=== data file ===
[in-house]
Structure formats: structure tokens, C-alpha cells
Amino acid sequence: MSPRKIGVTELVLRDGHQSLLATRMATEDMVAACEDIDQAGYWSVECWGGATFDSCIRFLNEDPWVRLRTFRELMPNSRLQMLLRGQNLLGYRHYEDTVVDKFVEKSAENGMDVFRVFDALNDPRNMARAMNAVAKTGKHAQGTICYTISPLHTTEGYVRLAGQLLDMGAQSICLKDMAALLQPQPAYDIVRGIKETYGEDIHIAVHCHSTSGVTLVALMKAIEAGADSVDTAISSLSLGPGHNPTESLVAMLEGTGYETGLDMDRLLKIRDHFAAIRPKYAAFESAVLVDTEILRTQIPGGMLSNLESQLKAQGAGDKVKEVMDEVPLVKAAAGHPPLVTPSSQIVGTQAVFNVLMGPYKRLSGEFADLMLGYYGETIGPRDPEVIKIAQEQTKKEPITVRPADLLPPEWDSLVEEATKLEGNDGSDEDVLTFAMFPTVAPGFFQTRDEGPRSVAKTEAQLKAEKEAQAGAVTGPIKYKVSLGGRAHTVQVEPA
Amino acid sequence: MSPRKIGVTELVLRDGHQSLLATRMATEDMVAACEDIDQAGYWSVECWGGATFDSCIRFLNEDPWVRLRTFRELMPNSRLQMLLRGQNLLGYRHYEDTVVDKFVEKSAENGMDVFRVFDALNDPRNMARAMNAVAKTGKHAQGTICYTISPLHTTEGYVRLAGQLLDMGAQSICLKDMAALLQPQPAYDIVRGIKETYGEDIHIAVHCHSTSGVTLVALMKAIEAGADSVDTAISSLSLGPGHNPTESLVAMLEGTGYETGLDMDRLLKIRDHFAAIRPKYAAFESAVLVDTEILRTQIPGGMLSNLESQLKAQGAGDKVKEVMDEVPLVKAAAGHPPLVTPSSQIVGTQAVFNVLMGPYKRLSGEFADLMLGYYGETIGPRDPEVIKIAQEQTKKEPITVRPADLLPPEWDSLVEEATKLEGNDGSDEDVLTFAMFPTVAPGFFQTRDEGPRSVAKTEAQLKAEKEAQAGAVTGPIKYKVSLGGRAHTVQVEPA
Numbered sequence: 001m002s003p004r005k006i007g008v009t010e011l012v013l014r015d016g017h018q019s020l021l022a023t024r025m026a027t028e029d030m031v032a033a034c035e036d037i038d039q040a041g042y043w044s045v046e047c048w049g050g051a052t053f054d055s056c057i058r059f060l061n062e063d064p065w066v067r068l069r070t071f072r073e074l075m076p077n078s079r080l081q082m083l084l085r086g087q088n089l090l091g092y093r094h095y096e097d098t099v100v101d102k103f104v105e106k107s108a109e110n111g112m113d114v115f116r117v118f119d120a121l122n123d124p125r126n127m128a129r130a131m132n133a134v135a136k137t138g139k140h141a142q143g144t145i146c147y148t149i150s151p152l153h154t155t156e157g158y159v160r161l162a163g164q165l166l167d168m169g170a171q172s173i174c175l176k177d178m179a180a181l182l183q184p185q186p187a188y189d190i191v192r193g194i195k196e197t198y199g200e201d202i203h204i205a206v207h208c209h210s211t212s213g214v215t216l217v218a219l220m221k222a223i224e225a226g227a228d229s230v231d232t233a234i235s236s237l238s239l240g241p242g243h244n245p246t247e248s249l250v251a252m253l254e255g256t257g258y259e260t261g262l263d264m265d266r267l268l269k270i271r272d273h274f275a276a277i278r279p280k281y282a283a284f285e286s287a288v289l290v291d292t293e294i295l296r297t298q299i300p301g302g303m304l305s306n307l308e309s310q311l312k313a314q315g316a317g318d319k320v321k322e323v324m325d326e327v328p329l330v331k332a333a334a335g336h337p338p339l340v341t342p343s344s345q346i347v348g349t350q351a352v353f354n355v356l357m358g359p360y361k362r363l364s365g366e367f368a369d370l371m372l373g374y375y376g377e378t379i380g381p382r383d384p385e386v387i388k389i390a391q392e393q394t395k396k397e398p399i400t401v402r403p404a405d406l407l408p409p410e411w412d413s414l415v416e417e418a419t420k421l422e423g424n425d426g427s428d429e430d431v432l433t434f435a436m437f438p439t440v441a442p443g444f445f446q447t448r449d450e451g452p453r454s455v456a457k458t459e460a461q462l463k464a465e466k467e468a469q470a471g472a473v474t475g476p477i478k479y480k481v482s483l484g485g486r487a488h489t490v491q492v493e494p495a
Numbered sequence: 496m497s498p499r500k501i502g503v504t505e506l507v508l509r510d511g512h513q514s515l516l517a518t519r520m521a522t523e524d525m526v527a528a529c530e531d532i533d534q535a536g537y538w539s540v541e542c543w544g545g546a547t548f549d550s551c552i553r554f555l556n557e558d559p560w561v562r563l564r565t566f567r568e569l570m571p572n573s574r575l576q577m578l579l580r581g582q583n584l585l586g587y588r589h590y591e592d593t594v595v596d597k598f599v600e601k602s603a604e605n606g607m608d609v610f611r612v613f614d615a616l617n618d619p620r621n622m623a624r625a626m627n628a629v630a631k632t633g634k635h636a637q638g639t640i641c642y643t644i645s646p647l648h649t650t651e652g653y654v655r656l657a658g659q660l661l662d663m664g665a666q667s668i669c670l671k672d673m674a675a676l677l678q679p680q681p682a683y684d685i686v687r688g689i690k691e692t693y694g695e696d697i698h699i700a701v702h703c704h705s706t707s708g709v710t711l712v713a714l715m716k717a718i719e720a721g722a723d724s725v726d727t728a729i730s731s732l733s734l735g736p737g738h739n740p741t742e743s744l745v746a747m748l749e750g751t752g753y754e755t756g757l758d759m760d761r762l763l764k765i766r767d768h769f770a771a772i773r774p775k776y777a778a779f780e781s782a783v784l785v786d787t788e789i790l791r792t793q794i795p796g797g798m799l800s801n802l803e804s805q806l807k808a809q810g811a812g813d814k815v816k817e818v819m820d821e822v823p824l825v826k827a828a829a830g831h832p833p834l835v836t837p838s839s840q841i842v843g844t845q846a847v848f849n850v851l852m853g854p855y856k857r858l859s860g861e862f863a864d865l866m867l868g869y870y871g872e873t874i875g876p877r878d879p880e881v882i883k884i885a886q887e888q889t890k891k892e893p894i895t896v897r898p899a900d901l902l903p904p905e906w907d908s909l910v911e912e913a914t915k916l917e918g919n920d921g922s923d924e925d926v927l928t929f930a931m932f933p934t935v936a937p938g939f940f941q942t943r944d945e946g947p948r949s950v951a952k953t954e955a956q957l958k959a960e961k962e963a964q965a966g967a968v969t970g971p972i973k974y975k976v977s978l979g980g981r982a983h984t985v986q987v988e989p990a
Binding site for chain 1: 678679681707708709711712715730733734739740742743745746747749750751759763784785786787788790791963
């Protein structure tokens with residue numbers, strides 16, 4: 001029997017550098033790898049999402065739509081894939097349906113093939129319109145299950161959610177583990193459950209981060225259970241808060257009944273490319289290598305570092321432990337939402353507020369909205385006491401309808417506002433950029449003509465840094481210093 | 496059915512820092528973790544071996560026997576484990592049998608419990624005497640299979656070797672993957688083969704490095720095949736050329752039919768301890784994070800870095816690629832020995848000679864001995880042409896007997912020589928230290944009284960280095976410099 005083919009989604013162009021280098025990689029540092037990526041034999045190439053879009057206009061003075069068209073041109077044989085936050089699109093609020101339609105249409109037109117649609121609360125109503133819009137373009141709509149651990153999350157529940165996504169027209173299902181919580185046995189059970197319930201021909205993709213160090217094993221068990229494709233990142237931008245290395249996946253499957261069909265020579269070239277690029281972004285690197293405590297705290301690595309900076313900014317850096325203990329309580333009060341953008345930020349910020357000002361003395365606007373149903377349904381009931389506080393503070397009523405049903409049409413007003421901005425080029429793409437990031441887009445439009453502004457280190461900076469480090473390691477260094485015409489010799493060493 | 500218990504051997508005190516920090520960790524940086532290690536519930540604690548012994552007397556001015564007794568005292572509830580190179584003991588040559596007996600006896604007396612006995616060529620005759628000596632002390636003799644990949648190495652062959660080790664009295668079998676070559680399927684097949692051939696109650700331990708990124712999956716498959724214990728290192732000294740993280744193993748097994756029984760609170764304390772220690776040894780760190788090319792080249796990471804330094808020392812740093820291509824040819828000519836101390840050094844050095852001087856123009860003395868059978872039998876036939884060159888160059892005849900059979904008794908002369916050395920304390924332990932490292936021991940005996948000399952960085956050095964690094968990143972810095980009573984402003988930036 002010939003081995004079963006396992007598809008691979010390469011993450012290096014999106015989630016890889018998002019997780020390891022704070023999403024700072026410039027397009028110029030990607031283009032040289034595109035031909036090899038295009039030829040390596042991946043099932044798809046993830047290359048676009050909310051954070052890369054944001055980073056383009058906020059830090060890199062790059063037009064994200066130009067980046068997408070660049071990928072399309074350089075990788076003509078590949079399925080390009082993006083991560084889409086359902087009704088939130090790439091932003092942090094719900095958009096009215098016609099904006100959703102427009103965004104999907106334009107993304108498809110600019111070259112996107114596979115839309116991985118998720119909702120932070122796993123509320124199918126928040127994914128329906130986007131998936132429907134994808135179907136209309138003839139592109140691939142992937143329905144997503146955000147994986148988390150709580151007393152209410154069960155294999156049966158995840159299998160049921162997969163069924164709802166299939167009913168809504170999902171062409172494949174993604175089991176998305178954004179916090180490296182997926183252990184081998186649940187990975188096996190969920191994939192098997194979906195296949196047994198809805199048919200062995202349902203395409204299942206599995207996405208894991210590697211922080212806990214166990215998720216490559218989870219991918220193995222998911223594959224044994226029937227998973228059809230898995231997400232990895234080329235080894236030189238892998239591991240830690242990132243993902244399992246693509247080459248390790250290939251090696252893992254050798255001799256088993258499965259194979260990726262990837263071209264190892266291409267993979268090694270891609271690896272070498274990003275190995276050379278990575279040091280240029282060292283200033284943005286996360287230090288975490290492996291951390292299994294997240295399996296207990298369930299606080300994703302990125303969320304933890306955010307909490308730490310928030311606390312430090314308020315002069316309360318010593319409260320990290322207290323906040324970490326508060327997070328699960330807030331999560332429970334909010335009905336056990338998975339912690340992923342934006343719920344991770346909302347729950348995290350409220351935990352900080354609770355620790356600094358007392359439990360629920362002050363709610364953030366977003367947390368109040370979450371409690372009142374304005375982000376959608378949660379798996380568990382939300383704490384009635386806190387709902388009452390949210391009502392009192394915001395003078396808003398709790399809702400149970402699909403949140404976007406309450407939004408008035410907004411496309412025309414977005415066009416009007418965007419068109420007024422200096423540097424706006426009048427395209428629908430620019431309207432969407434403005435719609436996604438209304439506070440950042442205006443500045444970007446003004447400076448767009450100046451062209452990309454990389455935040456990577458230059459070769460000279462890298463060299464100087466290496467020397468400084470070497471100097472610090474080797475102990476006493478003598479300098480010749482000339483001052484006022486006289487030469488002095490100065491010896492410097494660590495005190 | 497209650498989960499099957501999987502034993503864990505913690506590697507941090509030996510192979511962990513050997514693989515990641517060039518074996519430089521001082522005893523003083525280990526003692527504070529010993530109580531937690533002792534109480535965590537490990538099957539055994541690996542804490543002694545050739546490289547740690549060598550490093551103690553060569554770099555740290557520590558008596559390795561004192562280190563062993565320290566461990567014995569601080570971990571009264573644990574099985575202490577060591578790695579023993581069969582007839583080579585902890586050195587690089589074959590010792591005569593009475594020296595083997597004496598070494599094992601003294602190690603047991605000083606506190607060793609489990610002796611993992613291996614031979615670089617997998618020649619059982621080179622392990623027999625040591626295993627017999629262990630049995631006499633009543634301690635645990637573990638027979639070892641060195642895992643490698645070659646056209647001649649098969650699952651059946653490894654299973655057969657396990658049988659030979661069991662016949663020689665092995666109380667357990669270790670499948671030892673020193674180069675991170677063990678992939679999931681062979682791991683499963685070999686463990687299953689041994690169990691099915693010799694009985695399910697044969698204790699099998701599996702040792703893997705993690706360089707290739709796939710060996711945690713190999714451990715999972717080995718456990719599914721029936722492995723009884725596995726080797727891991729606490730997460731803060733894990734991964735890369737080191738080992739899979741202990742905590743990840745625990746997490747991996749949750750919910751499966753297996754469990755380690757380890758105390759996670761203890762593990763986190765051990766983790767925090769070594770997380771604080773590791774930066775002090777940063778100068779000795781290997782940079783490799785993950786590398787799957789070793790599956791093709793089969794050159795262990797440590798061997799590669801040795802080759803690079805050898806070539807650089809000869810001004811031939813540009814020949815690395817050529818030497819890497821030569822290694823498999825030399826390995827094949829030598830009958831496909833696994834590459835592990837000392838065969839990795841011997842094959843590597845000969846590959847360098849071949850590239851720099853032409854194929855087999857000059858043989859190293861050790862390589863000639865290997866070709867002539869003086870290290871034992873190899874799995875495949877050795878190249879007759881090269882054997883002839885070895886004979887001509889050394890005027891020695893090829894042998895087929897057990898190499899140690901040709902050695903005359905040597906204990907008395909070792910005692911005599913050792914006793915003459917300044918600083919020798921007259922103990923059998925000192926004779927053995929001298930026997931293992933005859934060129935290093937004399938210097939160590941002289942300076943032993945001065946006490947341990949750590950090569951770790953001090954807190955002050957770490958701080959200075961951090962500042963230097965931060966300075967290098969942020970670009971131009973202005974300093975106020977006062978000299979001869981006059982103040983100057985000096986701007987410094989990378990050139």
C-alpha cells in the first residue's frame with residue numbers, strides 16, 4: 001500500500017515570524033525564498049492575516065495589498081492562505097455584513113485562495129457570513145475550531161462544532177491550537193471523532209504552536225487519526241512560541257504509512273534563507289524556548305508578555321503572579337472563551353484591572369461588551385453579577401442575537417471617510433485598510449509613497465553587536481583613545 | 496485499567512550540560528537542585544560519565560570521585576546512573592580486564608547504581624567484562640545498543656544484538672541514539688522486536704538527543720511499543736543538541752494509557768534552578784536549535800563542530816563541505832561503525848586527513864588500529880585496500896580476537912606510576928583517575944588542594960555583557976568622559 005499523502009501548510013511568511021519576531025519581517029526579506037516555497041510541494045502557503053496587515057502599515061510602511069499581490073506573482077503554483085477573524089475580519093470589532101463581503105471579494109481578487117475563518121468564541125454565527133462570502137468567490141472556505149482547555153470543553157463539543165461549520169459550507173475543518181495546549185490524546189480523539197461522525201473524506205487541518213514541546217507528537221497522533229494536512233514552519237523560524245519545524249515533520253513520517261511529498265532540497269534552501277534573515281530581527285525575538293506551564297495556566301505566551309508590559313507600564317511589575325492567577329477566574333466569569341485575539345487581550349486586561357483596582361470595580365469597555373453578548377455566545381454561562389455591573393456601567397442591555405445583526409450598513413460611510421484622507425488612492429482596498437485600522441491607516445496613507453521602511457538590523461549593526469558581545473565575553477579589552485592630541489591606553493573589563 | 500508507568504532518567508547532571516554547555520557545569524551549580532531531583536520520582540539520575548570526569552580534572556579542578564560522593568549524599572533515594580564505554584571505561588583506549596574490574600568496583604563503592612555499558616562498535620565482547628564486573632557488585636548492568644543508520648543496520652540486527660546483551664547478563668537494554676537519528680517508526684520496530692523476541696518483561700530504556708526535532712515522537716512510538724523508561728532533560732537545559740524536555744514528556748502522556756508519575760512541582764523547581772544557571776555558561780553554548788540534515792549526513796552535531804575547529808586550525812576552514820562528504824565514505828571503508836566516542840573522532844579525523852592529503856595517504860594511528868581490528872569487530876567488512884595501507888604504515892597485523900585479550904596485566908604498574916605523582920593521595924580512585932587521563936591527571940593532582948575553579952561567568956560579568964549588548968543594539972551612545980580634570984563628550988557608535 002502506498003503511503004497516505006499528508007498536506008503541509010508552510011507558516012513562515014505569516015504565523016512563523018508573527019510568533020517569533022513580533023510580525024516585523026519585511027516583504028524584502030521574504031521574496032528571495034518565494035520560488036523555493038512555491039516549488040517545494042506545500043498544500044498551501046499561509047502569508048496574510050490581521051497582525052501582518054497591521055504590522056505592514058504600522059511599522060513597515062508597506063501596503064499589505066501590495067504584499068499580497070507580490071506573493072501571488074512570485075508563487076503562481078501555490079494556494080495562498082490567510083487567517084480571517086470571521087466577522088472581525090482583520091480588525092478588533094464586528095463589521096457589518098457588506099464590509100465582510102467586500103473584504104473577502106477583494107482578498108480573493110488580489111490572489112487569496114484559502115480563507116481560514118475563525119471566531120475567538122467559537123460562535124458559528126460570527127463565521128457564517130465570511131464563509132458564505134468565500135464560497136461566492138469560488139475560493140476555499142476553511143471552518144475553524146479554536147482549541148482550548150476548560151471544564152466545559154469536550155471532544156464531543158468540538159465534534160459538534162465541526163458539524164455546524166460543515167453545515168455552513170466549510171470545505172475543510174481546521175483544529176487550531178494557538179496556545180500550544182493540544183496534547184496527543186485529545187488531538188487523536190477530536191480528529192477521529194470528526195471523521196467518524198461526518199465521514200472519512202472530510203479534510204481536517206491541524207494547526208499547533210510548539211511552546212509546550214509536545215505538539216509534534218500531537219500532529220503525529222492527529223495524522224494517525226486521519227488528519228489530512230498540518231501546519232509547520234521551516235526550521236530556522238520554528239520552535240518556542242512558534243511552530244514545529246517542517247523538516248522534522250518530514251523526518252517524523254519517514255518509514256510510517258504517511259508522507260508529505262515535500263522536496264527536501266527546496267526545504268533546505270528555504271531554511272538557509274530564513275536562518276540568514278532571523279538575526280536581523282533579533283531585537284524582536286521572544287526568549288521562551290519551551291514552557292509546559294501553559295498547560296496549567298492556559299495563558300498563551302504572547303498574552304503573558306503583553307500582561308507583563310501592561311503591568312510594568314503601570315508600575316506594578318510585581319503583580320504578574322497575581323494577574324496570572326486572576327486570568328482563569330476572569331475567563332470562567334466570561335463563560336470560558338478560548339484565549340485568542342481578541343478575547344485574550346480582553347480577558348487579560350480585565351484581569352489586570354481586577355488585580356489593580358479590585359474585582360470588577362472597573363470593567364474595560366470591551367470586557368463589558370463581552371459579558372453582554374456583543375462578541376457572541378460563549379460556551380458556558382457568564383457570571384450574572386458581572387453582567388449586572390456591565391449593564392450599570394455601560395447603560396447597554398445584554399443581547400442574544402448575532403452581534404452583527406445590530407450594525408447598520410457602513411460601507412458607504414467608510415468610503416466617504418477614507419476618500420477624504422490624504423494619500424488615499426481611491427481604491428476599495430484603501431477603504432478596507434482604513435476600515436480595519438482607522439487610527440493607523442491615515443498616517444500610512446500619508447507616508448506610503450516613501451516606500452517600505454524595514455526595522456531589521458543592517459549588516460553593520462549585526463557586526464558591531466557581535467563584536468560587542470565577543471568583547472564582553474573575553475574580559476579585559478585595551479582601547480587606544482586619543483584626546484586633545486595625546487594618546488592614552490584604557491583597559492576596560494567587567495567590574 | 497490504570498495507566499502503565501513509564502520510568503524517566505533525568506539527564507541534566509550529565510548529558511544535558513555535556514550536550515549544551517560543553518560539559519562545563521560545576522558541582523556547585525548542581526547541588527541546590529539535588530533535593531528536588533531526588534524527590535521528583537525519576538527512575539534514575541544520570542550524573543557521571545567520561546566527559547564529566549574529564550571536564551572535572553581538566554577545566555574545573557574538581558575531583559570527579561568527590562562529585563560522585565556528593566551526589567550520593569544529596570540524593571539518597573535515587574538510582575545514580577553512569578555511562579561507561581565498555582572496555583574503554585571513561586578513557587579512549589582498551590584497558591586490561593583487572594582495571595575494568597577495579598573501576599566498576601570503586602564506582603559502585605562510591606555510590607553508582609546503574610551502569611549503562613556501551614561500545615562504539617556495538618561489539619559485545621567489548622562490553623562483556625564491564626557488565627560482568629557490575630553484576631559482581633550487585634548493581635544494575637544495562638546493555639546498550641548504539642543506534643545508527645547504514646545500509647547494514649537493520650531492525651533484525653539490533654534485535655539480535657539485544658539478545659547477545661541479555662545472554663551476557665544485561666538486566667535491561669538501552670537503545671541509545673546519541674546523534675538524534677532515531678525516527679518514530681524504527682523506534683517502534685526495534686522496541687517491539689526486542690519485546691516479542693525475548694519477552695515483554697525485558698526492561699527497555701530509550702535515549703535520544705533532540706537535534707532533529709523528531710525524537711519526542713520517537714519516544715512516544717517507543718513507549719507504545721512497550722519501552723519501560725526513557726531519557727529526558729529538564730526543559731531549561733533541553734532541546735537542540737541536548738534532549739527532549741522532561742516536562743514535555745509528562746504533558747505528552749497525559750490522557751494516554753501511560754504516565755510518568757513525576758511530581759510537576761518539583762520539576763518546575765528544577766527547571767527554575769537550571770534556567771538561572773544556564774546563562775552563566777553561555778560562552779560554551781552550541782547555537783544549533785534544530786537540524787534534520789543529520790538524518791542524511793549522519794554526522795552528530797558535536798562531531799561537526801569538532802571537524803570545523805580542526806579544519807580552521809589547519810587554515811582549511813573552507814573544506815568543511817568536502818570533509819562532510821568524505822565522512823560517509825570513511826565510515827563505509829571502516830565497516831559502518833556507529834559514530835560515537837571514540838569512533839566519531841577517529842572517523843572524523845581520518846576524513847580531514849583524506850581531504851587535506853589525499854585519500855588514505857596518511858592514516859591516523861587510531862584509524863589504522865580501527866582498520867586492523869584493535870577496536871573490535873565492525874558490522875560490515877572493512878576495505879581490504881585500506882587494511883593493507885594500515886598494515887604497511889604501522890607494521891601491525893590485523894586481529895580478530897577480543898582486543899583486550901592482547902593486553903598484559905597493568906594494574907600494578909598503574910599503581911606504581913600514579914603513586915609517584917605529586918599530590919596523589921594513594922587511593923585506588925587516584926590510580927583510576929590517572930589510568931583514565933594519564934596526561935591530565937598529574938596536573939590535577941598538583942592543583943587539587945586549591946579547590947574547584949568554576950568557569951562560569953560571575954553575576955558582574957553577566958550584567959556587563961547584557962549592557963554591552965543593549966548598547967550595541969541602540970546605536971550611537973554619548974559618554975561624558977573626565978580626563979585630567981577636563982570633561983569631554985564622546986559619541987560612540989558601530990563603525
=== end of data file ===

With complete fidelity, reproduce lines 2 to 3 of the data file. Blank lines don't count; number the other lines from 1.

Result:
Structure formats: structure tokens, C-alpha cells
Amino acid sequence: MSPRKIGVTELVLRDGHQSLLATRMATEDMVAACEDIDQAGYWSVECWGGATFDSCIRFLNEDPWVRLRTFRELMPNSRLQMLLRGQNLLGYRHYEDTVVDKFVEKSAENGMDVFRVFDALNDPRNMARAMNAVAKTGKHAQGTICYTISPLHTTEGYVRLAGQLLDMGAQSICLKDMAALLQPQPAYDIVRGIKETYGEDIHIAVHCHSTSGVTLVALMKAIEAGADSVDTAISSLSLGPGHNPTESLVAMLEGTGYETGLDMDRLLKIRDHFAAIRPKYAAFESAVLVDTEILRTQIPGGMLSNLESQLKAQGAGDKVKEVMDEVPLVKAAAGHPPLVTPSSQIVGTQAVFNVLMGPYKRLSGEFADLMLGYYGETIGPRDPEVIKIAQEQTKKEPITVRPADLLPPEWDSLVEEATKLEGNDGSDEDVLTFAMFPTVAPGFFQTRDEGPRSVAKTEAQLKAEKEAQAGAVTGPIKYKVSLGGRAHTVQVEPA